Entitled “The Institutional Framework of the Gulf Central Bank”, the report says the GCB could be formed and in operation by 2009 to prepare the way for the currency’s introduction and to test and fine tune the bank’s decision-making mechanisms. While financial markets don’t expect the common currency to be implemented by the deadline, the report says 2010 is still feasible and “largely a matter of political will”.
While the report does not reflect the opinions of the DIFC Authority or any government or governmental authority, it outlines a number of possible central bank structures and monetary policy voting formulas, as well as other elements vital to setting up a well-governed central bank. It recommends creating a new Gulf Central Bank (GCB) with its own staff and administration, noting that this would be the most effective, as well as the most welcomed and “credible” in the eyes of regional and global markets.
According to the report, the GCB should be managed by an executive board, with the governors of the national central banks and monetary authorities joining the executive board to form a Monetary Policy Committee, which would be the main decision-making and monetary policy-making body.
The report comes just ahead of a meeting this week of finance and economy ministers from Saudi Arabia, the UAE, Kuwait, Qatar and Bahrain set to discuss monetary union.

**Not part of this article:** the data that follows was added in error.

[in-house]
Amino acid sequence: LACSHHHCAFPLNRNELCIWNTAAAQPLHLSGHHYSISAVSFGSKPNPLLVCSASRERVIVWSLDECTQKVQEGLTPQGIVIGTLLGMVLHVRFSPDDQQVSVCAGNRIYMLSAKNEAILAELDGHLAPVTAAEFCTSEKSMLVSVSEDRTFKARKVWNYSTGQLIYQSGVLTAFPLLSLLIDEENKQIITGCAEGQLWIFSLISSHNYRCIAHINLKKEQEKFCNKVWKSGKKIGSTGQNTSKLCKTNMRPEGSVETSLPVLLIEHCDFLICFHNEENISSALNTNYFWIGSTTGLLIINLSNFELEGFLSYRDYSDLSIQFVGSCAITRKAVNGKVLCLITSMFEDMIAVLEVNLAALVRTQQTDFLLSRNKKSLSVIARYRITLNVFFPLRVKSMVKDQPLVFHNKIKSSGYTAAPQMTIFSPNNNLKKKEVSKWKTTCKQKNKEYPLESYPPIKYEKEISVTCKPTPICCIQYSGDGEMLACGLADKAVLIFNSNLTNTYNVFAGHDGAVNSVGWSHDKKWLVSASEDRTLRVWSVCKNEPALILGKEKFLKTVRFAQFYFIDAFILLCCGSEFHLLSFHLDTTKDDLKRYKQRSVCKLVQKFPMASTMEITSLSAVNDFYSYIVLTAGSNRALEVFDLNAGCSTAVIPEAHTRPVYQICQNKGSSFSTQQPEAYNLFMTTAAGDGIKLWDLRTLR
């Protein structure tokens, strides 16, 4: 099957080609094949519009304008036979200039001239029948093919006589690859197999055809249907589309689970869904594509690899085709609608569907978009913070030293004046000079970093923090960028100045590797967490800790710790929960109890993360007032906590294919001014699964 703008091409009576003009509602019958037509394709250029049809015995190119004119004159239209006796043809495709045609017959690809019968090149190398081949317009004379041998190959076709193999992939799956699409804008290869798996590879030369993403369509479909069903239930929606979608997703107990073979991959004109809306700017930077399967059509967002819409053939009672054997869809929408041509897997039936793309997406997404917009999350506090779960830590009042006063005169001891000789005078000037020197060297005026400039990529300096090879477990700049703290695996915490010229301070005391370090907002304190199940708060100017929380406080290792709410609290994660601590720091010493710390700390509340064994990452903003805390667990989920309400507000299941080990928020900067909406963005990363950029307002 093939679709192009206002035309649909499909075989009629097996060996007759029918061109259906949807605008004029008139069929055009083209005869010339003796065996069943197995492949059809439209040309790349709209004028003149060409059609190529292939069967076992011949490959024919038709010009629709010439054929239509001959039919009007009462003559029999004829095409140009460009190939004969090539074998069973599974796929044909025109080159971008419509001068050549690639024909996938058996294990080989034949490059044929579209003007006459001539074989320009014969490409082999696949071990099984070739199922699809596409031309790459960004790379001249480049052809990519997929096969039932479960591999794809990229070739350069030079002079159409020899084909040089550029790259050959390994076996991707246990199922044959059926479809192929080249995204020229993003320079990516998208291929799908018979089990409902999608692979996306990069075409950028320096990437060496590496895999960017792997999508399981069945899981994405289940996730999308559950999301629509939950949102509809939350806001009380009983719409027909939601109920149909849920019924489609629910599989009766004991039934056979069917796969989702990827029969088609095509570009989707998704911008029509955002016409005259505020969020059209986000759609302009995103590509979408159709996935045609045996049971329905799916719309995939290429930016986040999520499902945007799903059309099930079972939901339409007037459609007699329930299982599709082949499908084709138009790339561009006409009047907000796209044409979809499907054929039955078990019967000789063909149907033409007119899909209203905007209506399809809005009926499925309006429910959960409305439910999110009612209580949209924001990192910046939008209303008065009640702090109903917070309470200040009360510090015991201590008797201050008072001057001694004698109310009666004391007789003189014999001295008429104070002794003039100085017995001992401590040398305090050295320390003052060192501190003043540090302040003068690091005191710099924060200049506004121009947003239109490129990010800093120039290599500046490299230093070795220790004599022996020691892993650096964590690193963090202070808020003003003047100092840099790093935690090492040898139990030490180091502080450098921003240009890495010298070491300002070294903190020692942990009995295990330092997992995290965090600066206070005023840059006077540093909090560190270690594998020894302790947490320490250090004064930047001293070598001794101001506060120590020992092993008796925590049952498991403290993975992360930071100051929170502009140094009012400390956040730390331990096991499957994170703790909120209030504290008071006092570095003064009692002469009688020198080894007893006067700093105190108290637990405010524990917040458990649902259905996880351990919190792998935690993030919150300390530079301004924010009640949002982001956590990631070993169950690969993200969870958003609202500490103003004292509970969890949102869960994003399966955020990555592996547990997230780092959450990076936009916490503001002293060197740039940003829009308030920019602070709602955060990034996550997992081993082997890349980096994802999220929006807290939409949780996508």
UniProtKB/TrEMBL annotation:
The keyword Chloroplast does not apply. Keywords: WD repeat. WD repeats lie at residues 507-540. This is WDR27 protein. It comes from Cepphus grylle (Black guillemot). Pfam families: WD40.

Nasser Al Shaali, CEO of the DIFC Authority, said:
“The DIFC is an active participant in policy discussions regarding local and regional economic and financial issues. This analysis moves forward the debate regarding a Gulf Central Bank and currency union, and reflects the DIFC’s mission to promote both regional economic development and Middle East integration into the global economy.”
Significantly, the report notes that international investors and central banks around the world would want to hold assets denominated in the new Gulf currency, as both a safe haven and a hedge against oil price shocks and inflation. It says the new currency would “clearly be among the five major currencies in the world”.
On the much-discussed issue of where the GCB would be headquartered, the report says that some central bank departments could be located separately from the headquarters, mitigating the impact of the headquarters’ location. The report also says that it “makes sense” for the central bank to be located in a city with a “sizeable financial market, with a good banking network, international transport, communications and telecommunications infrastructure.”
Monday, September 15- 2008 @ 17:10 UAE local time (GMT+4) Replication or redistribution in whole or in part is expressly prohibited without the prior written consent of Mediaquest FZ LLC.